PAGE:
Did you know that how you communicate with yourself has an astonishing influence on your behavior?
Research shows that positive self-talk has the power to manage anxiety, enhance confidence and performance, as well as motivate behavior change.
If you find yourself setting the same goals over and over again (think: valiant attempts to get 8 hours of sleep per night, or limiting treats to 2-3 times a week) yet struggle to make meaningful progress there’s a chance you’ve been focusing on the symptoms instead of the source of the problem.These internal conversations set the tone for how you make decisions. Consider the following example: if you don’t really believe you deserve to spend time and energy working on yourself and your health imagine how difficult it will be to get up and out of your warm bed at 5 a.m. in the middle of winter to get to a 6a.m. training session.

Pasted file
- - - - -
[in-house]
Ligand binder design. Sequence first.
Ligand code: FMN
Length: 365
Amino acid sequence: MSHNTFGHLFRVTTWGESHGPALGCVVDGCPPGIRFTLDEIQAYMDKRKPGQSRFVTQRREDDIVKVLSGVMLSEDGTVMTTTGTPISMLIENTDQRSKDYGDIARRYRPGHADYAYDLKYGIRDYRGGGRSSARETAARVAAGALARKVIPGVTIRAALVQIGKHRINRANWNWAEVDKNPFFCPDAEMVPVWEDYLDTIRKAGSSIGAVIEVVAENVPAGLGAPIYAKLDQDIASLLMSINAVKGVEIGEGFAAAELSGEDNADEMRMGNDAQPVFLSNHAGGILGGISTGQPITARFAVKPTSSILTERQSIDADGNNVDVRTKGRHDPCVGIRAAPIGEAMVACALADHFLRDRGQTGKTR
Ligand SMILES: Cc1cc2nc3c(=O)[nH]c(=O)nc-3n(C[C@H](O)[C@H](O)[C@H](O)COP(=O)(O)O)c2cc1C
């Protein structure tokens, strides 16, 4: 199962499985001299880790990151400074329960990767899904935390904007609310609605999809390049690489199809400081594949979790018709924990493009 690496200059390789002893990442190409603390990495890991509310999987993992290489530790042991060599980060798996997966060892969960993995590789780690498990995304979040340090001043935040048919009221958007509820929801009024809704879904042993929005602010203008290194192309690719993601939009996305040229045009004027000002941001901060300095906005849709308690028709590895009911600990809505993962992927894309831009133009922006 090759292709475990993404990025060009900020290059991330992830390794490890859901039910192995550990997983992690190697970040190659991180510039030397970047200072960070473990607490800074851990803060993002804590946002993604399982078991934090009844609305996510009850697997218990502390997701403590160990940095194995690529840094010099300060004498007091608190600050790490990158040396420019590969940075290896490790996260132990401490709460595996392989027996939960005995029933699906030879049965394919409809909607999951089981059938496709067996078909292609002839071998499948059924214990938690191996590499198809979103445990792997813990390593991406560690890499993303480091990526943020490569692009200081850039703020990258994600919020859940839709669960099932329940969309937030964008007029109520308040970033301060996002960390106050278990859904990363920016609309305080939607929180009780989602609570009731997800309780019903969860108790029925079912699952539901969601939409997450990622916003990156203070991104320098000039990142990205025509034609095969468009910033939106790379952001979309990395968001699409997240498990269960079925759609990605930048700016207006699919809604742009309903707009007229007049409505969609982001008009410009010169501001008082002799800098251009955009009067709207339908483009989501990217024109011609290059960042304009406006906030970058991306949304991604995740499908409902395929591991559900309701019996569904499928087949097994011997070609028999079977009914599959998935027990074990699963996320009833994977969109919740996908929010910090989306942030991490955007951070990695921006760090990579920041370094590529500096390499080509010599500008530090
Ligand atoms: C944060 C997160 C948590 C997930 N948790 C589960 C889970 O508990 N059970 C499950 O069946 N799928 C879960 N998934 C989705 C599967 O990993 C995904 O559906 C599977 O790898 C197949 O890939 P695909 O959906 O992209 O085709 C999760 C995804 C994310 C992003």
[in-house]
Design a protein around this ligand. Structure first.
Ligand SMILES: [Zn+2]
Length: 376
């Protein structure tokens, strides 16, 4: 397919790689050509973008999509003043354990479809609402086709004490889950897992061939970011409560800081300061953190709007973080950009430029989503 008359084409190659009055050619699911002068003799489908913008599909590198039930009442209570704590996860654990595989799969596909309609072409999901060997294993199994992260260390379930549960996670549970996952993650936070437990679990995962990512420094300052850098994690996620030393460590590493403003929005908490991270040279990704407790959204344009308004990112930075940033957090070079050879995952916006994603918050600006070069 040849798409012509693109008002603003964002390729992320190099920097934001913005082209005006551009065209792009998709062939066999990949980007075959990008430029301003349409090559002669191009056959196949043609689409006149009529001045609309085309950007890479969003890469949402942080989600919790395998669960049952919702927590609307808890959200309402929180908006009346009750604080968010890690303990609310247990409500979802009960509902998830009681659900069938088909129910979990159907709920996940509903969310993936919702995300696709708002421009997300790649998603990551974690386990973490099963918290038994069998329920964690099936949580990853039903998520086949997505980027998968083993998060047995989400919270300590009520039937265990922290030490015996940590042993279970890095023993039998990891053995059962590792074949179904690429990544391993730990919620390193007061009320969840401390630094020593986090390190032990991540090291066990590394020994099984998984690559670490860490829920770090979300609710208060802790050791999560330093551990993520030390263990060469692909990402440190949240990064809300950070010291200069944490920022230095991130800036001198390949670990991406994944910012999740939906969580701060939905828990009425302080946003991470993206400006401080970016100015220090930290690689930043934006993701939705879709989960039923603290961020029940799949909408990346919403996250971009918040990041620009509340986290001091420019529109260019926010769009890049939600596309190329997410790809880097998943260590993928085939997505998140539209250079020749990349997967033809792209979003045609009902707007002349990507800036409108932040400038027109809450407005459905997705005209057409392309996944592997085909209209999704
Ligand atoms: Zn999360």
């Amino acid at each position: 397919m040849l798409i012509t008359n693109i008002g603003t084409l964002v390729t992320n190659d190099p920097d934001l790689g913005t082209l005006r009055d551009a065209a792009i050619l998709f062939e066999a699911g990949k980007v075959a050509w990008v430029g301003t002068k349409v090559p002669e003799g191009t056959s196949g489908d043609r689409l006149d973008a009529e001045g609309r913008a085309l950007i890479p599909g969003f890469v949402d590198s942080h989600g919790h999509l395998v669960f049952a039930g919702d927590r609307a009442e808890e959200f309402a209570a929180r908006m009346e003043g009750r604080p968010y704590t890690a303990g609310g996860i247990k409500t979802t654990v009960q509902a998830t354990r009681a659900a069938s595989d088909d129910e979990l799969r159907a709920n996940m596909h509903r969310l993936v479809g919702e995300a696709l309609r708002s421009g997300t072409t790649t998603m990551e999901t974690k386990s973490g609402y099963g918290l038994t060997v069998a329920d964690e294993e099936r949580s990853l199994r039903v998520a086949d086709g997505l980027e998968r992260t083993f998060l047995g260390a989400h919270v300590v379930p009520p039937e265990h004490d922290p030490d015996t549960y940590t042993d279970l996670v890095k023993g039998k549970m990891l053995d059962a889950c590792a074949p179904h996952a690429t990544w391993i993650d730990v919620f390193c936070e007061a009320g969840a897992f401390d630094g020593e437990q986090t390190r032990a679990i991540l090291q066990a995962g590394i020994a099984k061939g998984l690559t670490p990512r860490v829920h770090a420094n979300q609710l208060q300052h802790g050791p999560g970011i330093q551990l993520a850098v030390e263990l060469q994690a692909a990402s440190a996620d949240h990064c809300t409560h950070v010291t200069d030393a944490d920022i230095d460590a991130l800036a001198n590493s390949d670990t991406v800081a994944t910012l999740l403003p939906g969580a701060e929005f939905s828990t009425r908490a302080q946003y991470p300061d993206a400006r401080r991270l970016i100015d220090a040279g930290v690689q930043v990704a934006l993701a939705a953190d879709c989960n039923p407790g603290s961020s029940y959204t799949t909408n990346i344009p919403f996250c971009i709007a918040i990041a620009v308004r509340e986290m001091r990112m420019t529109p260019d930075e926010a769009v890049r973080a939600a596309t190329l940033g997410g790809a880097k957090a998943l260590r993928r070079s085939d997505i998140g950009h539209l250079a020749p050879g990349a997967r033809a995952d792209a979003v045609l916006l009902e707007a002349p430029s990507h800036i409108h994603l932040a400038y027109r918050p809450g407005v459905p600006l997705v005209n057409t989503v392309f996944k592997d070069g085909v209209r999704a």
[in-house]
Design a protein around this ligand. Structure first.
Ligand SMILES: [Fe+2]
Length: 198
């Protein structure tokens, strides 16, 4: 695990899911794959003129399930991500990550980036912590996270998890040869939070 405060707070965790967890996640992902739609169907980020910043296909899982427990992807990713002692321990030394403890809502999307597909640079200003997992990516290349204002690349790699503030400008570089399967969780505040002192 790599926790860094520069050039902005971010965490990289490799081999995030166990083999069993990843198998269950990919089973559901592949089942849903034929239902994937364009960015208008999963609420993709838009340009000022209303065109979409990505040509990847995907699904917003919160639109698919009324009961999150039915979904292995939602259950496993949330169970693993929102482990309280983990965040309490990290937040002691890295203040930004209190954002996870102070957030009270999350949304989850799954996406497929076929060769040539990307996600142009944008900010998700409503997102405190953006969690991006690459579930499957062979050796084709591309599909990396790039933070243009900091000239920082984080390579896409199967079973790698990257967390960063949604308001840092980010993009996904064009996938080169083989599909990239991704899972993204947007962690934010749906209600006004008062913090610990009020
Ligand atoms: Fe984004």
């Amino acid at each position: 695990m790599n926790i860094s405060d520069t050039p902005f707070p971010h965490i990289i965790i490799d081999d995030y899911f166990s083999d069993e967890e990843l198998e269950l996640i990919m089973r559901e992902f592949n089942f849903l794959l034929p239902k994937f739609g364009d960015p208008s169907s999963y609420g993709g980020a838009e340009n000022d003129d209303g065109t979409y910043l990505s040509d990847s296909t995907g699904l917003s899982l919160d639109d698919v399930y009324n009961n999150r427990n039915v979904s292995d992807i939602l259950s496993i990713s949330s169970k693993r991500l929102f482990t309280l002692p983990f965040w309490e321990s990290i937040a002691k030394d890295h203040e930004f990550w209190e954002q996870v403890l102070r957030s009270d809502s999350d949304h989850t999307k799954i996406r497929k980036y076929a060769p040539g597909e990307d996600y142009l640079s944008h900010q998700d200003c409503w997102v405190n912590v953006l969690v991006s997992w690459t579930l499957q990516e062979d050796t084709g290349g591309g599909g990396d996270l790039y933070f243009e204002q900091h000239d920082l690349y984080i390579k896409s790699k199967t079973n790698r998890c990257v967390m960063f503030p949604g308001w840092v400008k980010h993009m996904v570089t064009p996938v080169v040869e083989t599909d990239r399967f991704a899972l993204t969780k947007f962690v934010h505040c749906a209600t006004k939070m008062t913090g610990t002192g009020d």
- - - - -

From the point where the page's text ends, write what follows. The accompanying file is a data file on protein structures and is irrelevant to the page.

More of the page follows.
Similarly, if you tend towards perfectionism and narrowly define success as getting to the gym five times a week and never having a class of wine, cookie or slice of pizza imagine how tempting it will be to just eat five more slices of pizza after your first one since your diet is already “ruined.”
As you can see, the issue isn’t only that self-talk messages are often negative but moreover that the messages aren’t true. The irrational and disparaging stories you tell about yourself aren’t helpful. They get in the way of all the hard work you’re doing to reach your goals.
If you make a conscious effort to tell yourself you are strong and capable of working around the obstacles that come your way you are much more likely to engage in goal-oriented behavior than if you continually berate and criticize yourself.
Feel good chemicals in your brain work overtime when you reflect upon your successes and will further bolster faith in your abilities. Then take a little deeper look at what didn’t go as well as you would have liked. You’ll already be in the right mindset to see setbacks as something to learn from instead of something to be discouraged by so use what worked as a springboard for strategies to get around what wasn’t working.